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In what is potentially one of the best finales of the summer season, Free! gives us heart-wrenching emotion and a look at what comprises real friendship.

This episode really focuses a lot on Rin and what he’s truly feeling.  Throughout the majority of this anime, what we’ve seen from Rin has been a mask, a smokescreen for what his real feelings.  He’s acted confident and arrogant in order to cover up the fact that he’s actually the opposite: insecure and inferior.  This episode, however, shows that warring emotion inside of him through his loss in the 100m freestyle, his inability to get out of the pool afterward, and his unwillingness to face anyone afterward.

On top of that, this episode also highlights the importance of real friendship.  When the Iwatobi Swim Club notices that something’s wrong with Rin, they completely drop everything and go looking for him to see what’s wrong.  Despite the fact that Rin has basically treated everyone on their team badly, they all care about helping their friend.  They risk completely missing their relay in order to find him.

Once they do find him, they take that friendship a step further by having him swim in their relay.  (Which, obviously, gets them disqualified since they have someone from another team in their relay.)  The very fact that they clearly know this will disqualify them shows that what they care about isn’t winning, but swimming with their friends.  This is evidenced in the fact that, during the relay, they all have the same sort of out-of-body experience that Haruka had in the first episode and later when he raced Rin.

This message of friendship doesn’t just apply to the Iwatobi Swim Club, though.  Even when Rin is swimming in another team’s relay, Nitori cheers on his senpai.  Nitori is perhaps one of the most patient and (emotionally) hardy characters in any anime, dealing this entire season with Rin’s anger and frustration, taking the full brunt of his raw emotion, while still supporting him like a kouhai should.  On top of that, we have Captain Mikoshiba completely understanding that Rin needed to get this out of his system, needed to swim with his former teammates on the Iwatobi Swim Club in order to move on.  Hence his decision not to cut Rin from the Samezuka Academy swim team, but instead urge him to become closer with his new/current teammates to swim like he did with Iwatobi.

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Final Thoughts

As much as I’ve loved Free! and as top-notch as this season has been, this is the only anime I’ve reviewed this season that ends with enough closure that I don’t think it needs a second season.  Don’t get me wrong, I would personally love another season, although I can’t really think of what another season would focus on.  Every last bit of tension in the series was alleviated in this last episode.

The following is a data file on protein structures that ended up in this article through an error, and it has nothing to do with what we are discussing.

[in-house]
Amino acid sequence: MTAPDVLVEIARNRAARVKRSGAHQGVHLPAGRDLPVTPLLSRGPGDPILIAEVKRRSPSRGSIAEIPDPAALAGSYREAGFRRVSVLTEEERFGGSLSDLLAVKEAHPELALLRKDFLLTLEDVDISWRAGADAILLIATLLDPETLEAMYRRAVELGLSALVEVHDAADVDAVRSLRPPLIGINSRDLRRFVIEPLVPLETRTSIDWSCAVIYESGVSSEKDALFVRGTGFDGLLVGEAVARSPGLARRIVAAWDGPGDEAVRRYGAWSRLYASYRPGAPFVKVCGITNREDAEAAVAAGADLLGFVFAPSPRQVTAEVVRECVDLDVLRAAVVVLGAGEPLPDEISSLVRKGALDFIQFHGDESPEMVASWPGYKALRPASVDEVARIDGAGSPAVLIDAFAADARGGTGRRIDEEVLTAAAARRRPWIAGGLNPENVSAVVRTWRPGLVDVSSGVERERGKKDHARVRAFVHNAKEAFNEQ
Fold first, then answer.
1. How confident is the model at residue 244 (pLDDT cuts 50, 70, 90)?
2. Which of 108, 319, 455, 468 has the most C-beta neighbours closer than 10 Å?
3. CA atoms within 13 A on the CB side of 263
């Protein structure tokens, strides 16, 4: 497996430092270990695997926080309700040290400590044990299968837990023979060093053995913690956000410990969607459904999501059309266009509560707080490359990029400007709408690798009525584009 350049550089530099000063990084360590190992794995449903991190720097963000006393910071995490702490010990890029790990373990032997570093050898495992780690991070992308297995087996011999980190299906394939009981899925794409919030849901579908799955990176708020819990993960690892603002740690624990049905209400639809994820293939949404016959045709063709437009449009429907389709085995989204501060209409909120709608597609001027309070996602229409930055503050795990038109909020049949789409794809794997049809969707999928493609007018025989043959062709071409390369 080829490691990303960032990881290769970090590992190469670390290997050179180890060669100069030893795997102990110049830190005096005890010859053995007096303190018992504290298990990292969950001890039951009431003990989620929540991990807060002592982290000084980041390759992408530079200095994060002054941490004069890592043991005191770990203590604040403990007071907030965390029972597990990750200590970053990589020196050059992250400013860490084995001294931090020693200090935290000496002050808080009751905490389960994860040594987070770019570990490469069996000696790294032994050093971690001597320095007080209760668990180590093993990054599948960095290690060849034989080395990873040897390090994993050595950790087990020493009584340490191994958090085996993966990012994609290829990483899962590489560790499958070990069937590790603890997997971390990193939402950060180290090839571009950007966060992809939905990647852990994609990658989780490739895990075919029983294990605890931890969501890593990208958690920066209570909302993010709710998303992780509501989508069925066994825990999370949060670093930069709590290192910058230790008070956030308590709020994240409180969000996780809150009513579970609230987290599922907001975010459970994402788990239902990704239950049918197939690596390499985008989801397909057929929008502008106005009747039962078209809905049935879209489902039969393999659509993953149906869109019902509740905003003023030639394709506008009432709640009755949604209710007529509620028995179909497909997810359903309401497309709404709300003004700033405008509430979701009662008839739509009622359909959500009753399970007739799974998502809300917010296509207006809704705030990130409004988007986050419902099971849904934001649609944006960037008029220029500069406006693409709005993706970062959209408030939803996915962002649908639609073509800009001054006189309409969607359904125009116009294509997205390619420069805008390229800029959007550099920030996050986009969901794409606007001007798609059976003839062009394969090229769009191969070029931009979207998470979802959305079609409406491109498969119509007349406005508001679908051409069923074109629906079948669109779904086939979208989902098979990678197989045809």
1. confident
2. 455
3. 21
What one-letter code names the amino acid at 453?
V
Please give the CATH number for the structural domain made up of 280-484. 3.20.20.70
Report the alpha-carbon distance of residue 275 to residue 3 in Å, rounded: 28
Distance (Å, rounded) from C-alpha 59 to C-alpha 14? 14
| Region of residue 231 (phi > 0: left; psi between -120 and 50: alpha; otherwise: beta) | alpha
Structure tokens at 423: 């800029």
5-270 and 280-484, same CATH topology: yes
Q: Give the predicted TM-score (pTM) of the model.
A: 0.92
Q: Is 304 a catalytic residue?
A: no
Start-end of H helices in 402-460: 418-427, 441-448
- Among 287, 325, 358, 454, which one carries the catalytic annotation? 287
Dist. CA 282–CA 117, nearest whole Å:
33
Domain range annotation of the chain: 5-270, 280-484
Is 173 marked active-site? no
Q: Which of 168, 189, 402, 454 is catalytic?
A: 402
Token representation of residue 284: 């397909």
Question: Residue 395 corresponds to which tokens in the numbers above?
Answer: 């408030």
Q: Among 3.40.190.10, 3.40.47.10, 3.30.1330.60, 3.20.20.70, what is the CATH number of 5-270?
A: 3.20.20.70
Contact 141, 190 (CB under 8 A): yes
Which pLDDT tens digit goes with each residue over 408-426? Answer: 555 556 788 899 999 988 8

While the end card implies that there may be another season next summer, I can say with confidence that Free! is easily complete without one.  The story is over.  The tension is gone.  There are literally no loose ends that need tying up.  This finale dealt with everything, to my great surprise.  Haruka has come out of his shell and realizes what he swims for—teamwork, not simply the feel of the water.  Rei has truly become part of the team, due to the other boys’ closure when it comes to Rin.  And Rin is focused less on himself, now focused more on his team and his friends.  The tension between Rin and Nitori is gone now that Rin acknowledges his junior and treats him fairly.  And while the Iwatobi Swim Club may not have made it to nationals, that was never really the point.  All they wanted was to swim together.

I’d like to briefly touch on the soundtrack for Free!  Throughout this anime, the soundtrack has been phenomenal.  And I don’t just mean the opening and ending songs, either.  The background music always fits the mood and helps build tension.  It helps create emotional attachments to the characters and the events going on in the show.  The soundtrack adds so much to this anime.

I would recommend Free!, first of all, to people interested in competitive swimming, as this anime does an excellent job of highlighting the sport and accurately depicting the strokes.  I would also recommend it to anyone who wants to see awesome displays of friendship, because that’s what this anime is ultimately about: friendship.

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